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Alvin Makori, Patricia Burch, Susanna Loeb.

High-impact tutoring has emerged as a primary school district investment for addressing learning loss that occurred during the COVID-19 pandemic. While existing research shows that high-impact tutoring is effective for accelerating student learning, this study examined the school-level facilitators and barriers to scaling high-impact tutoring. Situated in an urban traditional school district and an urban charter management organization, we collected survey and interview data from teachers and administrators to identify scaling challenges. Major barriers to scaling included time and space constraints, tutor supply and quality, updated data systems, and school level costs, while a key facilitator was teacher buy-in. We end the paper with recommendations for how districts can strategically grow their high-impact tutoring efforts.

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Christopher D. Brooks, Matthew G. Springer.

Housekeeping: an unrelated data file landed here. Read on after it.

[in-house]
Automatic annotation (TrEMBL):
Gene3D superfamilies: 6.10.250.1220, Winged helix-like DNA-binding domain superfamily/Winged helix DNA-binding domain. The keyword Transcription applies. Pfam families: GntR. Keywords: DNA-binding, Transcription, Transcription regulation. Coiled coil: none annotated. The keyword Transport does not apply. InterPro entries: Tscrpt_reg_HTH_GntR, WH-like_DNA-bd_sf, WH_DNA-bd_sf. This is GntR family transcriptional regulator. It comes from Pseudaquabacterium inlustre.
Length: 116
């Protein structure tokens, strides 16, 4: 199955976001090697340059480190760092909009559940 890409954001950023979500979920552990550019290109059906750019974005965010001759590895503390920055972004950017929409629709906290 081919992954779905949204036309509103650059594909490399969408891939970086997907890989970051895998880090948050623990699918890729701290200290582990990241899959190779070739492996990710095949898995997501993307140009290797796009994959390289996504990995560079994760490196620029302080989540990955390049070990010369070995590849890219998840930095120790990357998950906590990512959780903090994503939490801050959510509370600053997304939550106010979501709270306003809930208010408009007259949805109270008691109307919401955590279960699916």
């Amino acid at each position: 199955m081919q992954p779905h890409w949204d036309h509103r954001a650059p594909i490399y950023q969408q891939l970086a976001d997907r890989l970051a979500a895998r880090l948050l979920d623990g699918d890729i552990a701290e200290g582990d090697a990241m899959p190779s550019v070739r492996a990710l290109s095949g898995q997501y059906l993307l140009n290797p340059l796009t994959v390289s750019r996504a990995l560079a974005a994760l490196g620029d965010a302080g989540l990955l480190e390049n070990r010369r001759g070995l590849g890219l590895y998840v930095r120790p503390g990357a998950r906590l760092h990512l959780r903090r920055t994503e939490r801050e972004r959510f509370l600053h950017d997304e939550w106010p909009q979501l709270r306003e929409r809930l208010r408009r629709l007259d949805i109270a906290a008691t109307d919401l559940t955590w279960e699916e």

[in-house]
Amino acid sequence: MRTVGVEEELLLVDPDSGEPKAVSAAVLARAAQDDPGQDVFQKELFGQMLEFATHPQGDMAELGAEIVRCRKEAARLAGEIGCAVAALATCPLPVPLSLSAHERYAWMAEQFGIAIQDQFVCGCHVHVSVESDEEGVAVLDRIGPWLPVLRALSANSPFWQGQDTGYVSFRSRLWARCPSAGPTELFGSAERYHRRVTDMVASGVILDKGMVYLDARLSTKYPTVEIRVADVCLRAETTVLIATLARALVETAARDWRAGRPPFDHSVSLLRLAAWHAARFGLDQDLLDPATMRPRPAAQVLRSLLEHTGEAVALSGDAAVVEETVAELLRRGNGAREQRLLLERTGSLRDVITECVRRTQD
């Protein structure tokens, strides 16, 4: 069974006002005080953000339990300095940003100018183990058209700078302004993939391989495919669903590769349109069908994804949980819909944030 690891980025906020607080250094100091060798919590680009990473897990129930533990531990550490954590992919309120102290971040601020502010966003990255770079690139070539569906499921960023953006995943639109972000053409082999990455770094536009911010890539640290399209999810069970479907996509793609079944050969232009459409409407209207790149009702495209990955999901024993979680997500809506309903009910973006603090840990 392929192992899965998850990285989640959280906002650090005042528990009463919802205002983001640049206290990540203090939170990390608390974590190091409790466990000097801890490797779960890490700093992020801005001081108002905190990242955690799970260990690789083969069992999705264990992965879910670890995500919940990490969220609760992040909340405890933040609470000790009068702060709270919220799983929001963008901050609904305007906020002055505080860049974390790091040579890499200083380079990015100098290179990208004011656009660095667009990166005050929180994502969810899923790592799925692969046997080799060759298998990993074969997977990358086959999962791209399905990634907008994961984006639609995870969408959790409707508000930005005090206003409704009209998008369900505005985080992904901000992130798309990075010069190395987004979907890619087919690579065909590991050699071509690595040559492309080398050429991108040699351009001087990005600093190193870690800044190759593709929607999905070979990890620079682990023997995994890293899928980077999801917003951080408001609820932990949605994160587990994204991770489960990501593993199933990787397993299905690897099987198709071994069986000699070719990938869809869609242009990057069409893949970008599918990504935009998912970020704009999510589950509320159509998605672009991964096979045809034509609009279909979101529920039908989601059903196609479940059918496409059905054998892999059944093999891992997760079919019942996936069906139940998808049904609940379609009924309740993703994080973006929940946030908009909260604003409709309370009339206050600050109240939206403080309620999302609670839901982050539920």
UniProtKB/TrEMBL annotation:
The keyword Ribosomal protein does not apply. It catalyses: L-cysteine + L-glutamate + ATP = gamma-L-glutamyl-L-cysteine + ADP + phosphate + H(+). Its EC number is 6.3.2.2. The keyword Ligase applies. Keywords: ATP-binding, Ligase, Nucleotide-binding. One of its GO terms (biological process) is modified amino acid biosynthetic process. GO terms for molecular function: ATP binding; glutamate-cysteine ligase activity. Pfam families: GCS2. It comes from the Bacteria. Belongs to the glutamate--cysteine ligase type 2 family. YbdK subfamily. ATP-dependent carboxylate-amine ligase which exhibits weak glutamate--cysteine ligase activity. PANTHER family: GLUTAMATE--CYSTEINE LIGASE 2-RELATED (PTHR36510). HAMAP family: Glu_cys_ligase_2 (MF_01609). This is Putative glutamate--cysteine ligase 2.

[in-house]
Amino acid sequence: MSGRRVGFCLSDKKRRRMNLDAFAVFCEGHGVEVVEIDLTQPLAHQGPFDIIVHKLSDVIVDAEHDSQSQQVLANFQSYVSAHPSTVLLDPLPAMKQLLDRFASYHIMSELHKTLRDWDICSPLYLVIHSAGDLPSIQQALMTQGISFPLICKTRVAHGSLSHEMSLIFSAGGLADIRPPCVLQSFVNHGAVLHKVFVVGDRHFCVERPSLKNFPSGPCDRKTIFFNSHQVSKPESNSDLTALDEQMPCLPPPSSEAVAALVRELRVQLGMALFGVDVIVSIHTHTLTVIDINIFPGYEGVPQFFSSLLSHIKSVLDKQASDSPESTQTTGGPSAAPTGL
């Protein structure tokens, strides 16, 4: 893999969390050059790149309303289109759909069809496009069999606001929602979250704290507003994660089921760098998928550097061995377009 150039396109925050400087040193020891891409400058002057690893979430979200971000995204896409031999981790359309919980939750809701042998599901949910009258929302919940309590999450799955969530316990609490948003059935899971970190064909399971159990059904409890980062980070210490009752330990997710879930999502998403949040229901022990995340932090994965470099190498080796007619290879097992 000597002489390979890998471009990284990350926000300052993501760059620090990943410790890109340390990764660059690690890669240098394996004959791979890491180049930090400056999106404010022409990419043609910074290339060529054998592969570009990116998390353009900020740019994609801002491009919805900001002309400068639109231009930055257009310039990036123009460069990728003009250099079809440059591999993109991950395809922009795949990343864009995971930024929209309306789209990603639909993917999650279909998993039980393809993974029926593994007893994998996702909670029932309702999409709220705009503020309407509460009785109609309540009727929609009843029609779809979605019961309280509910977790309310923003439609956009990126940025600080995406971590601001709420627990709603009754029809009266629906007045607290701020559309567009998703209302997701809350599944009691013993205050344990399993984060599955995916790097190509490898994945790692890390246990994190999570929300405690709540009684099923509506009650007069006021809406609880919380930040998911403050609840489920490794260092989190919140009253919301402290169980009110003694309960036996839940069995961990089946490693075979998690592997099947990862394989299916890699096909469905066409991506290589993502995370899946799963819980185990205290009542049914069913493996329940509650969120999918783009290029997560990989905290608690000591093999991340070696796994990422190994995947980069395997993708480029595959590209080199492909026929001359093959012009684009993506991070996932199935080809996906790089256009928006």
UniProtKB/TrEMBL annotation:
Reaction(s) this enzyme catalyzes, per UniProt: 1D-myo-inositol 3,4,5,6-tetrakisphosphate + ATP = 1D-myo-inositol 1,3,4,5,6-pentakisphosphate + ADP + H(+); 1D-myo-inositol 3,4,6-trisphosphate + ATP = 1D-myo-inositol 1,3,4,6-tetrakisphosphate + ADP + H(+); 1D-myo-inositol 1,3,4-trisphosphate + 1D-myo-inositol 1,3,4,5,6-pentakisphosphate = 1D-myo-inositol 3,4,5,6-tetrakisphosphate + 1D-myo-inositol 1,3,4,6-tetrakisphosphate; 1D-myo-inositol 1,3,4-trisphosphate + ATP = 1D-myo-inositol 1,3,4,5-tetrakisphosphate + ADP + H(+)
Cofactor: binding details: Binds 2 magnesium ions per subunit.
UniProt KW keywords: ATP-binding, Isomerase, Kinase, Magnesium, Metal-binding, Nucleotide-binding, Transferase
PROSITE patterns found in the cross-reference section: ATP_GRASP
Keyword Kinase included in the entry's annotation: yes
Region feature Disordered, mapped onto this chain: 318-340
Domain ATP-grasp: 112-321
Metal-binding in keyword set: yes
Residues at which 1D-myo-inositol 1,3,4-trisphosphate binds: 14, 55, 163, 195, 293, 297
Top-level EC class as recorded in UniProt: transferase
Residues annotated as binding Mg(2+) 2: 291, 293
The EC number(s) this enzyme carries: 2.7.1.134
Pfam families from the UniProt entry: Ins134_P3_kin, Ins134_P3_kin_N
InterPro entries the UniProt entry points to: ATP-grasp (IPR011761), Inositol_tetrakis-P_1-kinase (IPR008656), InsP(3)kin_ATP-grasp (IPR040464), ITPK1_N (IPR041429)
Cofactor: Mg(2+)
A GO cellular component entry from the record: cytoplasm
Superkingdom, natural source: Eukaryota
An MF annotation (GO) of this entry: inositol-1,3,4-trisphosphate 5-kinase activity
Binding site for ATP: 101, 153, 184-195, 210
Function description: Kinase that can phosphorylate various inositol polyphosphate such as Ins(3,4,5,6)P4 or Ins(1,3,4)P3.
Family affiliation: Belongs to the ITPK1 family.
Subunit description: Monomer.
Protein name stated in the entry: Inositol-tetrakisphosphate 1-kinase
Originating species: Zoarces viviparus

We analyzed the proposed spending data for the American Recovery Plan’s Elementary and Secondary Emergency Relief III (ESSER III) fund from the spring of 2021 of nearly 3,000 traditional public-school districts in the United States to (1) identify trends in the strategies adopted and (2) to test whether spending strategies were observably heterogeneous across district characteristics. We found that districts proposed a breadth of spending patterns with ESSER III. Moreover, there was a clear prioritization on spending related to academic learning recovery and facilities and operations spending, with the latter being particularly emphasized in higher-poverty districts. This divergent spending pattern may have important equity implications for short-term academic learning recovery for students affected by the COVID-19 pandemic.

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Matthew A. Kraft, Sarah Novicoff.

We examine the fundamental and complex role that time plays in the learning process. We begin by developing a conceptual framework to elucidate the multiple obstacles schools face in converting total time in school into active learning time. We then synthesize the causal research and document a clear positive effect of additional time on student achievement typically of small to medium magnitude depending on dosage, use, and context. Further descriptive analyses reveal how large differences in the length of the school day and year across public schools are an underappreciated dimension of educational inequality in the United States. Finally, our case study of time loss in one urban district demonstrates the potential to substantially increase instructional time within existing constraints.